William Davage reports on a week’s pilgrimage to the Shrine of Our Lady of Fatima

As the scrawny scrub-land outside Lisbon gave way to lush, green hills, fields and woods, olive groves and vineyards, anticipation became sharper. Pilgrimage to a sacred site, especially a Shrine of Our Lady, for the first time excites keen expectation. The world-weary and the cynical will already have told you that all is cheap and vulgar plastic Madonnas, aggressive mendicants and folk religion at its most basic and risible: such is the effect of protestant England. But there it never turns out like that.

Lack of ostentation

Of course, there are some of those things, sometimes all of those things, but they are never the full story, not even a large part of the story. The first impression of Fatima was of a small, modern, modest, unprepossessing centre. There were plenty of shops and arcades selling religious and devotional artefacts but they were not unduly garish, rather there was a pleasing restraint about many of them. The domain of the Shrine itself was striking in its simplicity and lack of ostentation. It was not set apart, nor cut off from the town but fitted naturally and easily in the townscape and, more significantly, the landscape. The vast concourse from the steps of the Basilica to the new, modern church at the west end was imposing but far from overwhelming or threatening. It followed gracefully and gently the contours of the land and, despite accommodating 400,000 pilgrims on Saturday evening and, again, on Sunday morning it felt domestic and intimate.


Fatima is a twentieth-century devotion, the visions having been vouchsafed to Lucia, Francisco and Jacinta in 1916 and 1917. In the twothousand-year sweep of Christian history that is a short time and Fatima has not acquired a patina of antiquity, or faux antiquity. It is simple and straightforward. The test of any Shrine or holy place is the atmosphere of devotion and the disposition of pilgrims. Here was an easy and natural sense of devotion and prayer, unforced and deeply rooted. It may seem to the outsider casual but it is the casualness of the completely familiar and relational, not something extrinsic nor bolted on with its accompanying self-consciousness.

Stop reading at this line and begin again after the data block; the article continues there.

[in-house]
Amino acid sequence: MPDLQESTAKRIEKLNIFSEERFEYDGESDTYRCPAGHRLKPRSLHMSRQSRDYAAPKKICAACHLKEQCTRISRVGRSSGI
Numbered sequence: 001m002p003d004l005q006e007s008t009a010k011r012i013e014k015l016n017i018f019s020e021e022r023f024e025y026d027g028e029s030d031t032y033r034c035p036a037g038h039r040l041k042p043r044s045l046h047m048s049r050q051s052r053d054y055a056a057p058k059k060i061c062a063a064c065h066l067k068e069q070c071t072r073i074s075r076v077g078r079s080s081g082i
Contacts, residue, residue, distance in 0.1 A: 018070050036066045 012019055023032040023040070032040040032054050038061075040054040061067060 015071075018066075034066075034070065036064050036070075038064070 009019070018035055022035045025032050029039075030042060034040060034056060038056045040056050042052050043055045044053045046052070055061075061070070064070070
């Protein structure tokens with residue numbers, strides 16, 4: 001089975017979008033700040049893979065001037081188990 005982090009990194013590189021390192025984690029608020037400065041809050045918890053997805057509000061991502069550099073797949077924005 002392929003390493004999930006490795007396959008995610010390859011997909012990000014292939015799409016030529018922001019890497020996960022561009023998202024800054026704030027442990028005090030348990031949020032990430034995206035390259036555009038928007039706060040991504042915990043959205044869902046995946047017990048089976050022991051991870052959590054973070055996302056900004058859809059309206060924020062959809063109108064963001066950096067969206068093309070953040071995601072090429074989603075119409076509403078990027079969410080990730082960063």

This was evident in those who undertook the final approach to Our Lady’s Shrine on their knees. A well-worn, burnished path leads down

the slope across the concourse and there was a steady stream of pilgrims engaging in that gruelling physical and spiritual exercise which was moving in its simplicity and determined commitment. One young soldier carried his heavy kit-bag while tackling it. It was obviously a severe test, so much so that at times he crawled on all fours as the weight of the kit-bag threw him forward, and two other pilgrims stopped to ask if he was all right. He completed the course in this demanding act of unselfconscious piety.

A torrent of pilgrims

Worship was also familial with vast numbers marshalled with the lightest of touches. The Saturday evening liturgy saw Our Lady’s image, slight, modest, serene, borne aloft and seemingly floating across an ocean of flickering candles. And her recession after Mass on Sunday morning was accompanied by the huge congregation waving their handkerchiefs as they would naturally taking leave of a family member. And just at the very moment when Benediction of the

Blessed Sacrament was given, an overcast sky broke for brilliant sun.

Over the weekend there was a torrent of pilgrims with every space taken by parked cars and tents. The town was surrounded by a series of ad hoc encampments and tented villages. As the numbers of pilgrims, so did the snatches of marching songs from pilgrims nearing the Shrine were heard through my bedroom window. Within hours after the Mass the pilgrims had melted away until the next 13th day of the month.

Renewal and re-creation

Our own pilgrimage enjoyed additional highlights. One was the visit to Vida e Paz, the rehabilitation centre for drug and alcohol addicts which The Ecumenical Friends of Fatima Association supports. Here was a pleasant, open, peaceful, ordered environment where restoration was possible. The pilgrimage was led by Bishop Jonathan Baker who, in a series of excellent homilies and addresses, was pithy, pointed, illuminating, learned and challenging in what is required of us on our pilgrimage and in response to Our Lady’s call. Renewal and re-creation are at the heart of any pilgrimage and were abundantly present for the happy and convivial group which spent a week at Our Lady’s Shrine.

Lucia, Francisco and Jacinta were privileged to see a Lady dressed in white, more brilliant than the sun. They were privileged to hear her message and we were privileged to share in the outcome of that miraculous encounter and benefit from the inexhaustible fount of love, pardon, forgiveness and reconciliation that lie at the heart, the Immaculate Heart, of Our Lady of Fatima’s message. ND